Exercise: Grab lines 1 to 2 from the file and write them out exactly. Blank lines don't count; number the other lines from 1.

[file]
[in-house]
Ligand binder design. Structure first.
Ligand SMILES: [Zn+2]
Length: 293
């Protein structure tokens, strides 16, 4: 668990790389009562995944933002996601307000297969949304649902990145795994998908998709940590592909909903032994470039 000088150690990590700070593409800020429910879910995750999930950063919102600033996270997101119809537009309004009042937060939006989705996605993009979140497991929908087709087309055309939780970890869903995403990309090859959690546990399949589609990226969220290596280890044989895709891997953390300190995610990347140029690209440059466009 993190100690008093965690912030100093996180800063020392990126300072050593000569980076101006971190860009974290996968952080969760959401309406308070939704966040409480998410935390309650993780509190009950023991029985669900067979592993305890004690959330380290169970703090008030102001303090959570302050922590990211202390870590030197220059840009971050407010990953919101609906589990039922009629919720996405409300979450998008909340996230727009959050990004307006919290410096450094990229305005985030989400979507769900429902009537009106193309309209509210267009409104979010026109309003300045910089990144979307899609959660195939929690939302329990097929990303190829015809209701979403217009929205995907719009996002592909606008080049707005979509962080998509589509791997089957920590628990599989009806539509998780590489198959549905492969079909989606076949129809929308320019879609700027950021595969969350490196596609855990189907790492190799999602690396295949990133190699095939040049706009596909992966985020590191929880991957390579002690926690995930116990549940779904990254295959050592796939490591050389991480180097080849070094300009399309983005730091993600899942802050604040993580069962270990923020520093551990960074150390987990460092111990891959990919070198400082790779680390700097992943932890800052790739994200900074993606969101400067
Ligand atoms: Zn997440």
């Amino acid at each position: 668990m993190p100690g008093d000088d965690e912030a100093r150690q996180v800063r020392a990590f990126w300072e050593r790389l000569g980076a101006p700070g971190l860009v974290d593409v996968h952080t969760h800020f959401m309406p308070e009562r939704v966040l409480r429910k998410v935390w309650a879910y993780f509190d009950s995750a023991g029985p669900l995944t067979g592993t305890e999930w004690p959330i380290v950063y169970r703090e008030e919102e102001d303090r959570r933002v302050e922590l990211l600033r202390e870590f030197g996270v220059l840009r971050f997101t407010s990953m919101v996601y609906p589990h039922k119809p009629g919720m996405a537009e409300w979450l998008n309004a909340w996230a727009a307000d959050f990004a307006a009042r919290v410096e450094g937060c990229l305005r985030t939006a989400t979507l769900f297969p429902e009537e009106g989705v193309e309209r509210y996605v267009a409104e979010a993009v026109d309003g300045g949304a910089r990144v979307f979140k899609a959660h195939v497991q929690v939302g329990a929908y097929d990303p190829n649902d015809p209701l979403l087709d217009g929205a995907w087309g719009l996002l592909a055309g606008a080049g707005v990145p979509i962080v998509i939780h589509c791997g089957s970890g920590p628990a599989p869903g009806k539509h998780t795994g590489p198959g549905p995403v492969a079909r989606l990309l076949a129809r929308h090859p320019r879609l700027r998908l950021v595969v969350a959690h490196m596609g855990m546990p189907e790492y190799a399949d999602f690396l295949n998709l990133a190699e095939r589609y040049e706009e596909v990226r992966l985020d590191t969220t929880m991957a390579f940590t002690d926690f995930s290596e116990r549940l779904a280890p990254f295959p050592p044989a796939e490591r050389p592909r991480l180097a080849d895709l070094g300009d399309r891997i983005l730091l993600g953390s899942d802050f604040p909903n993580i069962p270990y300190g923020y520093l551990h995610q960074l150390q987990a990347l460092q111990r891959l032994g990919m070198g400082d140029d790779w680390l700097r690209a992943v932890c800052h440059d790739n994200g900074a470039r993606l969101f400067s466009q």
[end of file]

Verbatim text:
[in-house]
Ligand binder design. Structure first.